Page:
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Res life changes proposed

At a special meeting of Campus Council Monday, the residential life governing body approved a resolution calling for several significant changes to the one-year-old housing policy.

Most notably, the resolution recommends the creation of "senior-only" houses on the Main West Campus Quadrangle. It also calls for a one-year probationary period for the linked housing system, as well as a house-centric or quad-centric labeling system for dormitories.

In recommending the senior-only houses, the legislation notes that seniors currently have little incentive to live on campus, as a large portion of their classmates live in cheaper, off-campus housing in apartment complexes like the Belmont or Erwin Square apartments.

"The emphasis in housing is to build class unity.... but seniors sort of get left out in the works," said Campus Council President Andrew Nurkin. "There is no residential experience that allows them to join together as a class."

Such housing would provide a quiet, comfortable environment in which students will be able to complete senior theses or other large research projects, the resolution's rationale reads.

It would also create a location for senior seminars and Career Center activities, build senior leadership and bring back some social life to the quads.

Nurkin said the system is partially modeled after a similar one at the University of Virginia, which rewards select seniors with prime housing. Although senior houses at Duke initially would not be tied to academics, they could serve as a bedrock for a potential senior capstone academic experience, he added.

Under the new housing system, all freshmen live on East Campus, all sophomores live on West Campus and all juniors - who are now required to live three consecutive years on campus - live on either West or Central campuses.

Seniors have historically proven a strong presence on Main West campus, but with the migration of the social scene off campus and inexpensive apartments becoming more readily available, their dominance has subsided.

In Fall 1999, 921 seniors lived somewhere on campus. Next year, only 592 will do so.

Although dormitories housing seniors - most of whom are of legal drinking age - could become popular venues for parties, incoming Campus Council President Anthony Vitarelli said he thought the targeted segment of the senior class would prefer a quieter, more academically oriented living environment.

Preliminary plans call for four or five houses of about 30 to 40 beds each - either in the independent corridor or spread throughout the various quads.

Linked housing - in which freshmen may choose to link to West Campus quads that correspond to their East dormitories - made its debut this year.

Although early housing numbers indicate that more than 70 percent of rising sophomores chose to link next year, the system has received mixed reviews, prompting the probationary status for next year.

"The linking system has failed in the sense that there hasn't been a link between freshman dorms and the sophomore quads to which they are linked," said Vitarelli. "No bonds have been formed between classes, which was the underlying purpose."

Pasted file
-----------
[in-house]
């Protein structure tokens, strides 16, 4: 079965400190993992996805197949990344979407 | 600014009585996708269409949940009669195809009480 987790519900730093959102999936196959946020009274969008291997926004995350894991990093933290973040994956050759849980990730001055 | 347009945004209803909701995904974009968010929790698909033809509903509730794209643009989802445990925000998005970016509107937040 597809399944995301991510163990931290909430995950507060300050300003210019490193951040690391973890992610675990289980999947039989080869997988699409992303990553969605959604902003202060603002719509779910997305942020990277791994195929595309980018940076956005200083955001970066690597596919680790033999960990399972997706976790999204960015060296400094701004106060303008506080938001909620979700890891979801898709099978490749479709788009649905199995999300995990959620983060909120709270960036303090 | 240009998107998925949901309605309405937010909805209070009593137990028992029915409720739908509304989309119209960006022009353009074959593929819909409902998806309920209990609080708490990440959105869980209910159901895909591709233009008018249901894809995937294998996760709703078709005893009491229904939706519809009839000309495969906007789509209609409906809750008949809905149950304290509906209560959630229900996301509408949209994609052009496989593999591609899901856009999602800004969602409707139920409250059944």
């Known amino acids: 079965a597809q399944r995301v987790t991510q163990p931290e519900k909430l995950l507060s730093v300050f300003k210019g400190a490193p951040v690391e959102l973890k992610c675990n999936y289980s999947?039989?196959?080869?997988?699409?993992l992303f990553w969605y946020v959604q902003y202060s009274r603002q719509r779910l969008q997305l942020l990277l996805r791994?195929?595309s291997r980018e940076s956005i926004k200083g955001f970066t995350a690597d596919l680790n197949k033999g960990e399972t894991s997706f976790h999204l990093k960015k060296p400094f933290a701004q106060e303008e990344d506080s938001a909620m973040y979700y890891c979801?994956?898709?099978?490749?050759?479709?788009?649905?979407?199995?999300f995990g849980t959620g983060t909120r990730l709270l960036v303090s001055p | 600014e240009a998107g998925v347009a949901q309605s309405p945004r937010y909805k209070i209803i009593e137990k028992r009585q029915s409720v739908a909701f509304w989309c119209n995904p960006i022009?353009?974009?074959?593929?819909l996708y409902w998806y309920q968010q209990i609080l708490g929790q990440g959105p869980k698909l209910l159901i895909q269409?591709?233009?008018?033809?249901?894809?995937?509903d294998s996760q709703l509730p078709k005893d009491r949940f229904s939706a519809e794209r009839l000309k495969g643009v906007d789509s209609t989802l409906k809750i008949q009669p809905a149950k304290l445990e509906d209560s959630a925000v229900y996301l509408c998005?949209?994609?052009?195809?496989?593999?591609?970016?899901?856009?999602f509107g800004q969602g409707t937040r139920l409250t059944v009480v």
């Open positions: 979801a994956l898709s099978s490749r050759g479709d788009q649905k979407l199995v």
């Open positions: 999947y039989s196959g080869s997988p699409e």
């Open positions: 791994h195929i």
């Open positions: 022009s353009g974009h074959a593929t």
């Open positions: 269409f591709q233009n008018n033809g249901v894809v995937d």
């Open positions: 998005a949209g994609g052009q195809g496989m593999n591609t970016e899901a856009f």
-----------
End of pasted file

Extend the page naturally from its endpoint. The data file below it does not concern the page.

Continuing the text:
He added that East Campus house councils have failed this year to facilitate programming among the dorms and linked quads, and that it will become a main priority next year.

"The deeper problem is that the current housing assignment process is premised upon the assumption that all West Campus housing is equally desirable," Vitarelli explained. "Many students disagree with that. For whatever reasons, people prefer certain housing locations over others."

He noted that equity concerns are most prevalent among Giles and Southgate dormitory residents linked to Edens quad, "historically the least popular quad."

Only 13 percent of unaffiliated Southgate residents and 29 percent of unaffiliated Giles residents eligible to link chose to do so this year.

There is further concern that the goal of transplanting the first-year experience from East to West Campus is not working in some quads.

"When you have a quad that has upwards of 350 people, but a freshman dorm of 80 or 100, and they're scattered all about the quad, and rooms are not entirely accessible because of firewalls and multiple entrances, that doesn't always ensure a fluid exchange between East and West," Vitarelli said.

Campus Council hopes to work with Assistant Dean of Residence Life Bill Burig over the summer to revamp the entire housing process, starting with the guarantees of all freshmen on East, all sophomores on West, and juniors somewhere on campus for their first three years. Any changes could be announced by November.

The third point of the resolution - the establishment of a more appropriate dormitory labeling system - is intended to eliminate confusion that currently permeates the housing system, Vitarelli said.

Such a system could be based on either quads and corresponding letters (e.g. Few A, B and C instead of Houses FF, GG, HH), or a revival of dormitory names like Nottingham and Stonehenge.

Campus Council's proposals, which passed overwhelmingly at their meeting Monday night, will be passed on to Director of Residence Life and Housing Services Eddie Hull, who will make the final decision on any such changes.

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